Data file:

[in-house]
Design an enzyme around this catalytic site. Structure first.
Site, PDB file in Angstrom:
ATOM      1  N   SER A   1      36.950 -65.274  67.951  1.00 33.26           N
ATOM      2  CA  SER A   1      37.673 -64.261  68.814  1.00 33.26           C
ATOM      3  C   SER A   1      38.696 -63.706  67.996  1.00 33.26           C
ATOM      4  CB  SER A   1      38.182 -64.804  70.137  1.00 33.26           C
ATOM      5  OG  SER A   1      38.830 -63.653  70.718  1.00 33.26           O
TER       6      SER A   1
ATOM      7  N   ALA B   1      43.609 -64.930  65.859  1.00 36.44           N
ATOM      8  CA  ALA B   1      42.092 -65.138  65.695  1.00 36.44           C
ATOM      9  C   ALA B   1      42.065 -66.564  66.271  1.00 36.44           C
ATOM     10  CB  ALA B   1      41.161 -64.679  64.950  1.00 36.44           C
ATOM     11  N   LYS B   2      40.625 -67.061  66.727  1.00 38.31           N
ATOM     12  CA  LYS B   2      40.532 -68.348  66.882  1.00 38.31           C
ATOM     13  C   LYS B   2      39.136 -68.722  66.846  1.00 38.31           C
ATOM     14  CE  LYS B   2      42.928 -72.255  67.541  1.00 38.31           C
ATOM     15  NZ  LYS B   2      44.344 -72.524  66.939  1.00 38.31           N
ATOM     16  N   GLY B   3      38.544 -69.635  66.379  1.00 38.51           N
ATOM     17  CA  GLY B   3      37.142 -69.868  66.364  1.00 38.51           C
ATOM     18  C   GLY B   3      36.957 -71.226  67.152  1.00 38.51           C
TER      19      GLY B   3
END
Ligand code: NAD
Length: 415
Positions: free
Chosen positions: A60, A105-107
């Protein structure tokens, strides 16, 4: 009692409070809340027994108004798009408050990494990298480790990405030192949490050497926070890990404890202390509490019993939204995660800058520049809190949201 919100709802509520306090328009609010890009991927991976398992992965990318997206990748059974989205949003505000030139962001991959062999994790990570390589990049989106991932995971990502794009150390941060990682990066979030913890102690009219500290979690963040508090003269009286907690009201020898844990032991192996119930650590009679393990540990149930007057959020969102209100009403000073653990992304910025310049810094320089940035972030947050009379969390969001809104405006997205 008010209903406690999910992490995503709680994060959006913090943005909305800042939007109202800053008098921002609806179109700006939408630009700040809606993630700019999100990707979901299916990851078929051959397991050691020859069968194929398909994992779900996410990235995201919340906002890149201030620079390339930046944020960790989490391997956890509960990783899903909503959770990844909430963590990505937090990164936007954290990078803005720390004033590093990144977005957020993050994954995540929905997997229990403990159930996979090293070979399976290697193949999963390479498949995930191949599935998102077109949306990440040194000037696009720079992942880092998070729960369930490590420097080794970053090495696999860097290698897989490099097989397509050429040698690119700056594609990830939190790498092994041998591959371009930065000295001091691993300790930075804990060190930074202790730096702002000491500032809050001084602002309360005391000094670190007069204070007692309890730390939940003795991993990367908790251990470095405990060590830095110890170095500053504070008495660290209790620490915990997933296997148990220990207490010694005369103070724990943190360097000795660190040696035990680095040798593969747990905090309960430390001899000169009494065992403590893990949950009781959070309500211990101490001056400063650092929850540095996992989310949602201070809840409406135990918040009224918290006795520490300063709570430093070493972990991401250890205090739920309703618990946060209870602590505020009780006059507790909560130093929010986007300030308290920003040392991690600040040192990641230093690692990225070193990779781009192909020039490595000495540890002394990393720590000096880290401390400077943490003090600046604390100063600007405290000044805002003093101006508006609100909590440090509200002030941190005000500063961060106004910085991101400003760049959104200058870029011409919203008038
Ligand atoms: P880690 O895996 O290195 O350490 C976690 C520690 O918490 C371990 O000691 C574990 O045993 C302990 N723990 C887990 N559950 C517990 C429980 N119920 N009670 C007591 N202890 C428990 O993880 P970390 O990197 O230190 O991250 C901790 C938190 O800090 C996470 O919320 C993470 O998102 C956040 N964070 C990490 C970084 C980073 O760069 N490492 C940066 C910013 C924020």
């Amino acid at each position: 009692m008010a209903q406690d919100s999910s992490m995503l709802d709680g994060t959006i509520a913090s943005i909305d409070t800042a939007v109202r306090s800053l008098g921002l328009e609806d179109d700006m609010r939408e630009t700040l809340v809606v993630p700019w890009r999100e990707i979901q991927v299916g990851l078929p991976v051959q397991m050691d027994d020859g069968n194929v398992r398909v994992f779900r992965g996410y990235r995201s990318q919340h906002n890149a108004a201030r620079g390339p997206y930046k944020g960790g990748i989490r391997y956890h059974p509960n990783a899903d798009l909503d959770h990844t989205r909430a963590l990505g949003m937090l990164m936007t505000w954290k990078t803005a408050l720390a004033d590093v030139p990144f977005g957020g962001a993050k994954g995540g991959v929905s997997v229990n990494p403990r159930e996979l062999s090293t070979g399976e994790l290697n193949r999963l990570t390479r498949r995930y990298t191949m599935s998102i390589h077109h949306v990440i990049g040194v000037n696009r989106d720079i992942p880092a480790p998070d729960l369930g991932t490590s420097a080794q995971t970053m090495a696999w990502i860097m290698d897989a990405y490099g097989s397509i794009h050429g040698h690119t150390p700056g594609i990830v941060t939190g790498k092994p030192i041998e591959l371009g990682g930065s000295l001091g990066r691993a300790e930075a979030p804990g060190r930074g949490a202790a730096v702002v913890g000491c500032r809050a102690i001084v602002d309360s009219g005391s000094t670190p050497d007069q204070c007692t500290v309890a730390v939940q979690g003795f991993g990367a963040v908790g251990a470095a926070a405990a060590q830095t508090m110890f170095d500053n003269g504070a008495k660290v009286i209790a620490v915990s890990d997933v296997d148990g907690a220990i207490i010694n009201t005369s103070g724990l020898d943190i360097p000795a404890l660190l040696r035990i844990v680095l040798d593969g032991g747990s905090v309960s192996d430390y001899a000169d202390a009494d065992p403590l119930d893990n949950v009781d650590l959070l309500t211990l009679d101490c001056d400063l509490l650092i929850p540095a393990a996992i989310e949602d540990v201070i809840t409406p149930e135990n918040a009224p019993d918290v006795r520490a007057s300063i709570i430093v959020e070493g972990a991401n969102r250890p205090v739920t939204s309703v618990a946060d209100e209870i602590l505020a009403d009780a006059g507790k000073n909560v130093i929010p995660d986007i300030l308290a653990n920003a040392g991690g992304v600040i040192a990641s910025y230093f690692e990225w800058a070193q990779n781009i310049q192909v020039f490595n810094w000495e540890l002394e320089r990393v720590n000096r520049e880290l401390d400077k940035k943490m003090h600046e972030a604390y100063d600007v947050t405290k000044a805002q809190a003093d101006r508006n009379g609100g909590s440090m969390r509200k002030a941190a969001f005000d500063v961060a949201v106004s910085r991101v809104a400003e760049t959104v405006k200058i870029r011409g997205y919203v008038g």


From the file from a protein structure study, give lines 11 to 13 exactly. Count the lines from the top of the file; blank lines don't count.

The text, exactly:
ATOM      8  CA  ALA B   1      42.092 -65.138  65.695  1.00 36.44           C
ATOM      9  C   ALA B   1      42.065 -66.564  66.271  1.00 36.44           C
ATOM     10  CB  ALA B   1      41.161 -64.679  64.950  1.00 36.44           C